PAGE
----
|Essentialism: the view that objects have some of their properties necessarily. See also essence, necessity de re, necessity, contingency, properties, actualism, possible worlds._____________Annotation: The above characterizations of concepts are neither definitions nor exhausting presentations of problems related to them. Instead, they are intended to give a short introduction to the contributions below. – Lexicon of Arguments. |
Robert Stalnaker on Essentialism - Dictionary of Arguments
Essentialism/today/VsQuine: most modal logicians today accept essentialism. QuineVsEssentialism: incorrect: it is incorrect to say that one description is better than the other, because it better characterizes essential properties of an object.
Essence/essentialism/essential property/LeibnizVsQuine/Stalnaker: thesis: every property of every individual constitutes its essence and only the existence of the thing as a whole is contingent.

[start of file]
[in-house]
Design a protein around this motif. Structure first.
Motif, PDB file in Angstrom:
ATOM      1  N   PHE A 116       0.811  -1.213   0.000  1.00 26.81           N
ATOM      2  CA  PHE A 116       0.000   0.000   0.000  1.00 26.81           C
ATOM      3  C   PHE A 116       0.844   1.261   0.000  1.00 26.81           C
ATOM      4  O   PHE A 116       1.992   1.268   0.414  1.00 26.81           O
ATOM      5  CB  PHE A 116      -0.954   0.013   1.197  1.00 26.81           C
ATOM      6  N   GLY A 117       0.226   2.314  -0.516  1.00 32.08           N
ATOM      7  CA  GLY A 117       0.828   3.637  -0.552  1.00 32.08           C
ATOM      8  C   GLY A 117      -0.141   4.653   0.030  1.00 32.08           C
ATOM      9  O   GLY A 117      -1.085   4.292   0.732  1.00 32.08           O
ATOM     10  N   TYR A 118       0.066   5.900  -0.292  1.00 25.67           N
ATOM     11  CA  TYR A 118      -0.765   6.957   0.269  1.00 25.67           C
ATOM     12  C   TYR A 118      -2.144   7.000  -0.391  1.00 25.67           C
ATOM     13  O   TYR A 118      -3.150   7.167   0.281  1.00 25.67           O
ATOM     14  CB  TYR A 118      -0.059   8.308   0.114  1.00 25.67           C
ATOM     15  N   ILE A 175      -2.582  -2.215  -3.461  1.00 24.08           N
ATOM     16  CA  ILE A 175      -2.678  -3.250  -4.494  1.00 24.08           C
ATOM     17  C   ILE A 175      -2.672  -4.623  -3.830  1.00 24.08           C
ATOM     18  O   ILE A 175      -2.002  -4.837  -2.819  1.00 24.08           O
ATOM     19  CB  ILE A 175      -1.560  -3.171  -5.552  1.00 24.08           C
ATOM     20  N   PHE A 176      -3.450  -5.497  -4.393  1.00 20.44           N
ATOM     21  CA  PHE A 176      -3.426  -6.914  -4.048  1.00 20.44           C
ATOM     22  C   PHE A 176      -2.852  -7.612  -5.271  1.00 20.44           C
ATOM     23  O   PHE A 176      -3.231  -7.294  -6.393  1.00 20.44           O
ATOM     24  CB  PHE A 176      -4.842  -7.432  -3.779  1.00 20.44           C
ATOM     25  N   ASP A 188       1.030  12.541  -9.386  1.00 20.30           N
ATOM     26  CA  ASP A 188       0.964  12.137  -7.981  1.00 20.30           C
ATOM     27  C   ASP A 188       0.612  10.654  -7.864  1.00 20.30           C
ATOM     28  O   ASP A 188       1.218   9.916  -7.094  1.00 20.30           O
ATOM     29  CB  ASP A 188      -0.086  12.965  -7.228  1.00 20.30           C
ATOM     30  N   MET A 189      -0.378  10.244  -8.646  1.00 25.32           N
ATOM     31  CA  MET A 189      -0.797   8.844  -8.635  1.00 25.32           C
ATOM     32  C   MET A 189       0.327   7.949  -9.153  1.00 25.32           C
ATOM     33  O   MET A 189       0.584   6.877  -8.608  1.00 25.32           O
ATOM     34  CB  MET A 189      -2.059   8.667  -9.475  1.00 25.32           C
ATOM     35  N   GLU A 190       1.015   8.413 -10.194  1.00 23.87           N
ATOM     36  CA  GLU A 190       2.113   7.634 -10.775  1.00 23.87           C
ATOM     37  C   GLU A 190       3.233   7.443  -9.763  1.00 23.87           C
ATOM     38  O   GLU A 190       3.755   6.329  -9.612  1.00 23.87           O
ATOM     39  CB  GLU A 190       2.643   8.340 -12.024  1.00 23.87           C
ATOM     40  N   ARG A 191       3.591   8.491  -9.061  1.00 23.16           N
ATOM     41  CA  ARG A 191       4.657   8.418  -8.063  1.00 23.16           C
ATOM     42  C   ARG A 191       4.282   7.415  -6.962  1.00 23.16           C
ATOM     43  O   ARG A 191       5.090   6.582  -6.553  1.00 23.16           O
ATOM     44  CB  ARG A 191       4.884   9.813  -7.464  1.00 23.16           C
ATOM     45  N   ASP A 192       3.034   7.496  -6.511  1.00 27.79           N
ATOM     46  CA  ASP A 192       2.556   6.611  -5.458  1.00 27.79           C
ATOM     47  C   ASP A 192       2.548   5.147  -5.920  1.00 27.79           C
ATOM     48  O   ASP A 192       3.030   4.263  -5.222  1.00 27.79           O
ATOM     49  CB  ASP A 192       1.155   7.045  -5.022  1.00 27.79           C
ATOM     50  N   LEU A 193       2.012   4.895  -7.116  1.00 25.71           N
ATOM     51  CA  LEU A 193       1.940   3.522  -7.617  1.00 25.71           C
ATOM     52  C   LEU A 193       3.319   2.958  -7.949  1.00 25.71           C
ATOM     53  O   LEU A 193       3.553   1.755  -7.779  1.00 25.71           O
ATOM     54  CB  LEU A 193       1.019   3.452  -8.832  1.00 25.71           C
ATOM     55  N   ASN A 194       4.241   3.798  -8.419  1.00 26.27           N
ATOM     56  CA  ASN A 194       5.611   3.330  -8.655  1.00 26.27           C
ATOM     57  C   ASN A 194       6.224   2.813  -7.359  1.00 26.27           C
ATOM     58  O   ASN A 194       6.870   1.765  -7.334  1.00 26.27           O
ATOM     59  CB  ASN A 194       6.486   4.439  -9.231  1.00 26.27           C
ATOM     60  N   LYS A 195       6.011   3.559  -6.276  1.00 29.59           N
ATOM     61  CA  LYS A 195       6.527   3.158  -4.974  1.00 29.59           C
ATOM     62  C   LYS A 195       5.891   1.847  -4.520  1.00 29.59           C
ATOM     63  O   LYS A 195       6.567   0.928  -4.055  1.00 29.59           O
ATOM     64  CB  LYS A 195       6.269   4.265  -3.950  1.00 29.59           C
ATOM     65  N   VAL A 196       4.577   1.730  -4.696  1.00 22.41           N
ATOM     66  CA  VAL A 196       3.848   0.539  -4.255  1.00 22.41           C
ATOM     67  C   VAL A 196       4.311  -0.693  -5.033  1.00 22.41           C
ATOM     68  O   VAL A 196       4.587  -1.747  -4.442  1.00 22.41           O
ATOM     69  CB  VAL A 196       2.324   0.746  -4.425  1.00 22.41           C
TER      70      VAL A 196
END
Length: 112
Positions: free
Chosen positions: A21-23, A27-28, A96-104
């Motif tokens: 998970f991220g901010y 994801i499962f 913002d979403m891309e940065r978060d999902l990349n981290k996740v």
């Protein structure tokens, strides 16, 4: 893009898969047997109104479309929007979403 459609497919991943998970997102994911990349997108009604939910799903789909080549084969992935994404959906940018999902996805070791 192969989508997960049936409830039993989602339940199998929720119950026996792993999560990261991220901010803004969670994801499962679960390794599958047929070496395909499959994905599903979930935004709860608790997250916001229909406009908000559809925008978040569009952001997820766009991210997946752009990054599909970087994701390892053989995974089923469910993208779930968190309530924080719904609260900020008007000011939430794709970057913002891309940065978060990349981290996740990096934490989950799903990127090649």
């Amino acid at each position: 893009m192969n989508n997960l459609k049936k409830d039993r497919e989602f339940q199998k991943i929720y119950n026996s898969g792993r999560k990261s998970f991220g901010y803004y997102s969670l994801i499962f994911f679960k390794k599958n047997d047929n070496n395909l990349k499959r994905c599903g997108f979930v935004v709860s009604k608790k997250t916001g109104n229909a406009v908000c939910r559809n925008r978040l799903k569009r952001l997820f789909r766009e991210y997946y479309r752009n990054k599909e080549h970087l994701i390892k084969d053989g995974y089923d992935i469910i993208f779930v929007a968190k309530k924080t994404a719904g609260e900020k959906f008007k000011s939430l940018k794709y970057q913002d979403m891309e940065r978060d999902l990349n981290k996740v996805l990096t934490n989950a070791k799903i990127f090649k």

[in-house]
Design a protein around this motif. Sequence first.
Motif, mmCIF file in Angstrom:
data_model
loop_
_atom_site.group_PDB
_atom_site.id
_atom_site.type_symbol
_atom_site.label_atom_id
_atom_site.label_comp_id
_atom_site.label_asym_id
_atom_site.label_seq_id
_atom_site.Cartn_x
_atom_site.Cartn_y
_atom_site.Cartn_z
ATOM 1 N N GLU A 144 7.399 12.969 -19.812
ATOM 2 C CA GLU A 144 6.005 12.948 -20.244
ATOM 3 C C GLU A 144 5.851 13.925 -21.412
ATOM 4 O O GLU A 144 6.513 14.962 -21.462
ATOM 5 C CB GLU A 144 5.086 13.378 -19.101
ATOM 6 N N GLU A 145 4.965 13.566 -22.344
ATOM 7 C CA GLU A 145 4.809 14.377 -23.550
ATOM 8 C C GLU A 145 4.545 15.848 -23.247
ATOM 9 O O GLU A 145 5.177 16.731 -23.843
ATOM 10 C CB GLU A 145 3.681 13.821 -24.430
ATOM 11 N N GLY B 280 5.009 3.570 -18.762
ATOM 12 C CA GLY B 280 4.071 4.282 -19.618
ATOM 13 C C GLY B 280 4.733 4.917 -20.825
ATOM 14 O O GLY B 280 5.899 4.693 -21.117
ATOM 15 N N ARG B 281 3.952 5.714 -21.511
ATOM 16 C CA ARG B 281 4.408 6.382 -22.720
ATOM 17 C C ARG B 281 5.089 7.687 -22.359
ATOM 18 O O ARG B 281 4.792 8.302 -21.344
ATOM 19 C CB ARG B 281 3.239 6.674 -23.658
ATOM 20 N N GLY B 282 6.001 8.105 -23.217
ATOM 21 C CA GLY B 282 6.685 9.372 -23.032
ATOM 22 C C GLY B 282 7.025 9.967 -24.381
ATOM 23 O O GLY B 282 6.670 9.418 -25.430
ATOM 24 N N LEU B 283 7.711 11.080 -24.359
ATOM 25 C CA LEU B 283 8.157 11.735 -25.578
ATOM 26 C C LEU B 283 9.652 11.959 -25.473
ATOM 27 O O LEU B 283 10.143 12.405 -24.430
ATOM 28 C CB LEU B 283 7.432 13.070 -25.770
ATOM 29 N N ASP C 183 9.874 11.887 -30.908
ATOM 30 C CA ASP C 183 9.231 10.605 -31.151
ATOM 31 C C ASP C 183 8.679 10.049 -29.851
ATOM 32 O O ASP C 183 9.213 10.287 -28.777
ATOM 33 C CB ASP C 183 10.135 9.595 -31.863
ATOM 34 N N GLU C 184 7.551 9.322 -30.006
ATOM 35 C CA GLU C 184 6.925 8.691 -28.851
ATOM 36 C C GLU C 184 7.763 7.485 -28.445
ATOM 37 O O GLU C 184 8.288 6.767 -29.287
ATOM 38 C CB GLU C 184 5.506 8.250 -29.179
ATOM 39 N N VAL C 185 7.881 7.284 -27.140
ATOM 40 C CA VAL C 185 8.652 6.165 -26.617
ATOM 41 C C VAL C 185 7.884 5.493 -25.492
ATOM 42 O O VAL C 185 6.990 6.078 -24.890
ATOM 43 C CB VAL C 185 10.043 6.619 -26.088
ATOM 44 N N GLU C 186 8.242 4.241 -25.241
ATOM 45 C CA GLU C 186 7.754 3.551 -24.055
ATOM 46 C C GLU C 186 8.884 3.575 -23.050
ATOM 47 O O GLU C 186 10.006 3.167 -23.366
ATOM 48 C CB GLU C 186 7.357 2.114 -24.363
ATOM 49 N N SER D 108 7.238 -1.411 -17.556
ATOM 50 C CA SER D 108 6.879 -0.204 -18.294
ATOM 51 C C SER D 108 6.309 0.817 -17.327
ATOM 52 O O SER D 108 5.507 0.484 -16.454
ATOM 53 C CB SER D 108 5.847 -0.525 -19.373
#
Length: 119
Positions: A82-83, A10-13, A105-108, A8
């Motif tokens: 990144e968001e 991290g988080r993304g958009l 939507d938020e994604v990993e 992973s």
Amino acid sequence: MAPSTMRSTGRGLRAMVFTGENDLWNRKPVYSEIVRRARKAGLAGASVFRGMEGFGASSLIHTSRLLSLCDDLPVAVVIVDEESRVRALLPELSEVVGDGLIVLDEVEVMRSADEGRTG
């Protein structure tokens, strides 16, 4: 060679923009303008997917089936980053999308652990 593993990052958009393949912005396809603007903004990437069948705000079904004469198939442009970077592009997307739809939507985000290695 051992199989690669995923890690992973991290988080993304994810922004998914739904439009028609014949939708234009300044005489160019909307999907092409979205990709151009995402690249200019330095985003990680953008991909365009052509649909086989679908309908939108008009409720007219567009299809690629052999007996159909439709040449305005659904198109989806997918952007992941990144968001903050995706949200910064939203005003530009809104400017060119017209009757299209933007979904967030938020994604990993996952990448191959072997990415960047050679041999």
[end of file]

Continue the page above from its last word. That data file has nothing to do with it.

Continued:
Anti-Essentialism/quantified modal logic/Stalnaker/conclusion: in order to connect the two, we need real semantic conditions for atomic predicates. Reason: (Ex)N(Fx) > (x)N(Fx) is a theorem, but not its substitution instance (Ex)N(Rxy) > (x)N(Rxy). If something necessarily is father of x, then everything is necessarily father of x. Of course, only intrinsic predicates are in question, but this is assumed and not explained.
Essentialism/Stalnaker: questions about essentialism are questions about how far it is appropriate and possible to abstract._____________Explanation of symbols: Roman numerals indicate the source, arabic numerals indicate the page number. The corresponding books are indicated on the right hand side. ((s)…): Comment by the sender of the contribution. Translations: Dictionary of Arguments The note [Author1]Vs[Author2] or [Author]Vs[term] is an addition from the Dictionary of Arguments. If a German edition is specified, the page numbers refer to this edition.
Ways a World may be Oxford New York 2003